Demonstrators take part in a protest marking the first anniversary of Egypt's uprising at Tahrir square in Cairo 25/01/2012. (photo by REUTERS/Suhaib Salem)

A New Order in Egypt

Author: alkhaleej

One of the biggest challenges facing Egypt’s January 25 revolution is perhaps the [political system] that naturally opposes it. This [systemic] challenge, which is undoubtedly the largest political struggle in Egypt, has returned [to the scene along with the greater struggle facing the country]. It has returned in force, raising controversy, anxiety and fear of the future regarding the outcome of the elections. [These elections] revealed the victory of Islamic forces and their control over the Egyptian parliament. This time, the fear stems from democracy, or the so-called tyranny of the majority brought about by the democratic elections. This fear is justified by the absence of restrictions [and regulations] on [the democratic process]. [The current process] may allow the new majority to easily become tyrannical. It is as if the elections, or rather, the revolution, has but replaced one tyrannical system by another.

SummaryPrint The greatest task facing those who wish to see real change in Egypt is to redefine a system of governance which has been inherently opposed to the concept of revolution for decades. Egypt possesses everything it needs to put a new order in place - but it must now determine what this new order will look like, writes Dr. Naji Sadeq Sharab.
TranslatorSami-Joe Abboud

Hence, it is important to find a constitutional solution. [This solution involves] placing all types of [political/religious persuasions] in a modern, civilized and democratic constitution that reflects the [peculiarities] of the Egyptian case, and not those of the [Muslim Brotherhood], the Salafists or any other political power or bloc. [If this type of accord is not reached], the revolution will continue - with an increased risk of violence. [This violence] would require military intervention, leaving the [political] system worse off than ever before and torpedoing all of the gains from the revolution.

The biggest challenge has to do with [determining] the power and nature of the appropriate and adequate political system. [It is about defining the political system] through which Egypt can turn away from being a weak state that [needs] a strong government, into a strong Egypt that embraces a [diminished] government. Reaching the latter case is imperative.

The revolution in Egypt, which toppled an authoritarian, one-man, one party rule, needs a new system of governance to turn it into one of the most democratic countries. Indeed, Egypt holds every asset necessary to reach a [state of] democratic governance, and [it fulfills] every requirement that is necessary [for it to have] an excellent regional role and status.

Without a democratic system that takes into account Egypt's historical, geographical, cultural and demographic complexities, Egypt will not be able to return to this role - lost for many years due to the decades-long prevailing [state structure].

There is no perfect system of governance. Perfection depends on performance and achievements, as well as on [the ability to] adapt politically to a rapidly changing environment. Moreover, the required system of governance is the one which has been imposed by the new political environment created by the Egyptian revolution. This environment is evolving and dynamic by nature. Its elements are numerous and interrelated, and none of them can be excluded from the political scene. Another requirement [of this new system of governance] is that it be related to the sovereignty of the revolutionary legitimacy. It may take long to make room for electoral legitimacy, and for the strong desires that accompanied the revolution. [This revolution] has been calling for a parliamentary system. The rapid emergence of this call is due to the [nature of the] previous regime’s one-man rule.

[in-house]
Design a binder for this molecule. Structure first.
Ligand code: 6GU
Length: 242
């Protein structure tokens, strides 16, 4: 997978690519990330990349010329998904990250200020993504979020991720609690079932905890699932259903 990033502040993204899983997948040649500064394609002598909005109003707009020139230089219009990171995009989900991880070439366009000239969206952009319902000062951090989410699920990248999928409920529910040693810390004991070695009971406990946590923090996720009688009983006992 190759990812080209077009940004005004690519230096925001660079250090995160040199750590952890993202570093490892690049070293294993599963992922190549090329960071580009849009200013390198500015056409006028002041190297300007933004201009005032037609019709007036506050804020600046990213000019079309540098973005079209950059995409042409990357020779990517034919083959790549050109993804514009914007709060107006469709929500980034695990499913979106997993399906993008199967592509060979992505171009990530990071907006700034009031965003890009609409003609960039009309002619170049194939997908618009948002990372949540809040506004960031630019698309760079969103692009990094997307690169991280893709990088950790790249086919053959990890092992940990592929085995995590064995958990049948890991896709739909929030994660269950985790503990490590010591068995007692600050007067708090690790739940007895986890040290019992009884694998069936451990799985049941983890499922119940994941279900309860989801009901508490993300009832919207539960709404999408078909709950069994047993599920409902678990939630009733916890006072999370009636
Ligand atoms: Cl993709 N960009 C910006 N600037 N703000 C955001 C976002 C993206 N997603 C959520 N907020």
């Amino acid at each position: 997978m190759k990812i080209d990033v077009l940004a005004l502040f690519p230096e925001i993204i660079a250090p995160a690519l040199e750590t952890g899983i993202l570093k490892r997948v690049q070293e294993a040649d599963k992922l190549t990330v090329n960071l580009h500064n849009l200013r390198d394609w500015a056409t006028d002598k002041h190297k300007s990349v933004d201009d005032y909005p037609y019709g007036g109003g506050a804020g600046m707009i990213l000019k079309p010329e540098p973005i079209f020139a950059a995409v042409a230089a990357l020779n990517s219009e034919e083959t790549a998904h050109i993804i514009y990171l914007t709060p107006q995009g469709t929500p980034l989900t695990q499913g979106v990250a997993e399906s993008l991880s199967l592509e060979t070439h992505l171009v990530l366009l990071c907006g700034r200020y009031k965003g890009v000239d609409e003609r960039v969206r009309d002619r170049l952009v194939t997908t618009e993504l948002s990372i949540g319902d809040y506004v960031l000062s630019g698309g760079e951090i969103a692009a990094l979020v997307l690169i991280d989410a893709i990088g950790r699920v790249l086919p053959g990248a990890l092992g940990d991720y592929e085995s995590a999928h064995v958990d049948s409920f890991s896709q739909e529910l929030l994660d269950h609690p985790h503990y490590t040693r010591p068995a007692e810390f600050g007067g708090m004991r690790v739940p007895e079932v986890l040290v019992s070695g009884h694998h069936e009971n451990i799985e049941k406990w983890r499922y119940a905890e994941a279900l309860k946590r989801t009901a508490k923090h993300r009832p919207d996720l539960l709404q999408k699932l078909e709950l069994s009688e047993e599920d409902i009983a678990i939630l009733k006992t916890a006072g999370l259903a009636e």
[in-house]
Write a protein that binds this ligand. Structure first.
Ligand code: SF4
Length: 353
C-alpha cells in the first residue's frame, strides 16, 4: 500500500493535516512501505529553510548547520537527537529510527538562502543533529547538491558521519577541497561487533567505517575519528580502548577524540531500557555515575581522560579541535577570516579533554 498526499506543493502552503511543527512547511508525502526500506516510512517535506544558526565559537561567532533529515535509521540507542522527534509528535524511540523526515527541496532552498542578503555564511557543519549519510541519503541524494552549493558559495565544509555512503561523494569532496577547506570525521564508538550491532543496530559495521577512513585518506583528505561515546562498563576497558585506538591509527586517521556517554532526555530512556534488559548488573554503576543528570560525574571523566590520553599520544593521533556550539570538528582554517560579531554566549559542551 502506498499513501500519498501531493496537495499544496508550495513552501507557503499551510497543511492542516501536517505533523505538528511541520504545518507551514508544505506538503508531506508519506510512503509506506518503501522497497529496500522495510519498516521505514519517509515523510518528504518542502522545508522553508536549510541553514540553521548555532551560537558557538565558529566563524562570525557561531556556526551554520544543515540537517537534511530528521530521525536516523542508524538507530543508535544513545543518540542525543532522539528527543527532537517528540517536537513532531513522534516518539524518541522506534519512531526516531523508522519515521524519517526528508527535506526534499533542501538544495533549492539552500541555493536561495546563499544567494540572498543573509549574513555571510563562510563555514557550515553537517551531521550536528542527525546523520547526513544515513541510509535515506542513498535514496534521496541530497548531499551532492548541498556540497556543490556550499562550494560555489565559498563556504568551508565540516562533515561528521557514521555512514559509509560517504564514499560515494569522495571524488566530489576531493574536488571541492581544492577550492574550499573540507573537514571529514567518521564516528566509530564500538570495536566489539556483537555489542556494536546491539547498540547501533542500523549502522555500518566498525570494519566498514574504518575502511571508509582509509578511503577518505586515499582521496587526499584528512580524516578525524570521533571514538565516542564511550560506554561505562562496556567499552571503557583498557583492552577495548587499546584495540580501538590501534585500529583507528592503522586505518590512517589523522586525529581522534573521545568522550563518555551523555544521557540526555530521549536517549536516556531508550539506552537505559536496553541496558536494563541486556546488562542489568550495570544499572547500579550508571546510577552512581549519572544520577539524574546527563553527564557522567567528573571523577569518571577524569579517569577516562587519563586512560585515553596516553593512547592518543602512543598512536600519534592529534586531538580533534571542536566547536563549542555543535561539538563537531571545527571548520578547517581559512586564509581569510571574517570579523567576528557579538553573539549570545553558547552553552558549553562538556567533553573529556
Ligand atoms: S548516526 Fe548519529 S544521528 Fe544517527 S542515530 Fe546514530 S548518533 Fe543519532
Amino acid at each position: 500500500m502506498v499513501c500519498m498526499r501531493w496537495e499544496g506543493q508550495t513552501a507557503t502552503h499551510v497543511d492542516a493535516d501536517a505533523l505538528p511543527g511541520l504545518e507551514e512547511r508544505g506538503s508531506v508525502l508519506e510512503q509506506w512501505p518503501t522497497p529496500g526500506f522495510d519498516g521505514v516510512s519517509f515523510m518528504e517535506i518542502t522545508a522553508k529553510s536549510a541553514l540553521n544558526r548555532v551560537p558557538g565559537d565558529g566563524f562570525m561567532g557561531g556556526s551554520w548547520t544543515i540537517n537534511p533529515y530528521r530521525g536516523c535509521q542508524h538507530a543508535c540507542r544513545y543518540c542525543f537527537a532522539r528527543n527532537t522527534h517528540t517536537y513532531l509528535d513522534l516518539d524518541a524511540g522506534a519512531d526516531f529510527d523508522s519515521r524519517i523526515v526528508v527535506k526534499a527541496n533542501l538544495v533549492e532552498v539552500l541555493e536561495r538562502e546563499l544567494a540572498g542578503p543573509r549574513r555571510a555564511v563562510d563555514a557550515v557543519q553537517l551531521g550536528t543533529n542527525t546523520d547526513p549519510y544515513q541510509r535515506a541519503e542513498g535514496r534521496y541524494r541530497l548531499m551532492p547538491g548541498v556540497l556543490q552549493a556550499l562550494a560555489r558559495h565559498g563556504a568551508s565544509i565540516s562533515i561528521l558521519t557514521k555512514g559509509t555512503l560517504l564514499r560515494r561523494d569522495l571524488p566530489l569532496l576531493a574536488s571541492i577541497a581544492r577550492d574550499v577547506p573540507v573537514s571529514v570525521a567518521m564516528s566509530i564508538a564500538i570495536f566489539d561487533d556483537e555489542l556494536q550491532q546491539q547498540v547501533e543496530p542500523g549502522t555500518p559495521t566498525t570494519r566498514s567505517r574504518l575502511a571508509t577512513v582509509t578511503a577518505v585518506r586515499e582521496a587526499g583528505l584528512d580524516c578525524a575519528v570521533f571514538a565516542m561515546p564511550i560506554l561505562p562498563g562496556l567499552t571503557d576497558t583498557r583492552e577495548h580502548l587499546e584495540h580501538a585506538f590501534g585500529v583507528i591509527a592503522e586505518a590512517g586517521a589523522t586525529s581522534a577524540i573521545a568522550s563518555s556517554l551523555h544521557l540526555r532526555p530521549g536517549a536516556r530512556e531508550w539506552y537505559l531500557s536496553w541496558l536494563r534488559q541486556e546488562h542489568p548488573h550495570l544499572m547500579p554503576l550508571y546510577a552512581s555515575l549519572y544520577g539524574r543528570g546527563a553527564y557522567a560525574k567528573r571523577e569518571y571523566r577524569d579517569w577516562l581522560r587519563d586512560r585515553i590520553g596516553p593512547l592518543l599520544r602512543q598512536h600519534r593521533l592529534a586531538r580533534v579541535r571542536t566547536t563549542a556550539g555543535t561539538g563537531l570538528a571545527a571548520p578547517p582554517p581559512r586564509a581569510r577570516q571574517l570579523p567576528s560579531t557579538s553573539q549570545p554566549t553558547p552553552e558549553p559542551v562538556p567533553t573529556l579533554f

Thus, once the parliamentary elections determined that it was likely for the Islamic forces to score a big win, discussions began once again with regards to the kind of system that Egypt and the revolution were asking for. [This discussion] has led to one which is comparing and differentiating between parliamentary and the presidential systems which prevailed in Egypt since the revolution of July 1952.

Once again, I wonder  what Egypt wants: Is it the parliamentary or the presidential system? [Many factors will play into this decision]: The Egyptian parliamentary and presidential experience, the revolution and the major changes it provoked in the Egyptian political environment, the impossibility of a return to the former regime, the weakness of democratic culture in Egypt and the dominance of the religious factor in the political behavior of the Egyptian citizen, the Egyptian demography, the historical role of the Copts in Egyptian political life and the fear of the parliamentary majority tyranny. [Given these factors], a presidential system restricted by a strong parliament may be the most suitable option for Egypt, and that most suitable for solving the ongoing, raging and unrestrained revolutionary crisis.

One question remains unanswered in Egypt: What if the [new] president is a [Muslim] Brother, a Salafist, or someone supported by them? In such a circumstance, the many and varied elements of Egyptian democracy will need to be strengthened and enforced [in order for democracy to be protected].

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Published Sharjah, U.A.E. Established 1970
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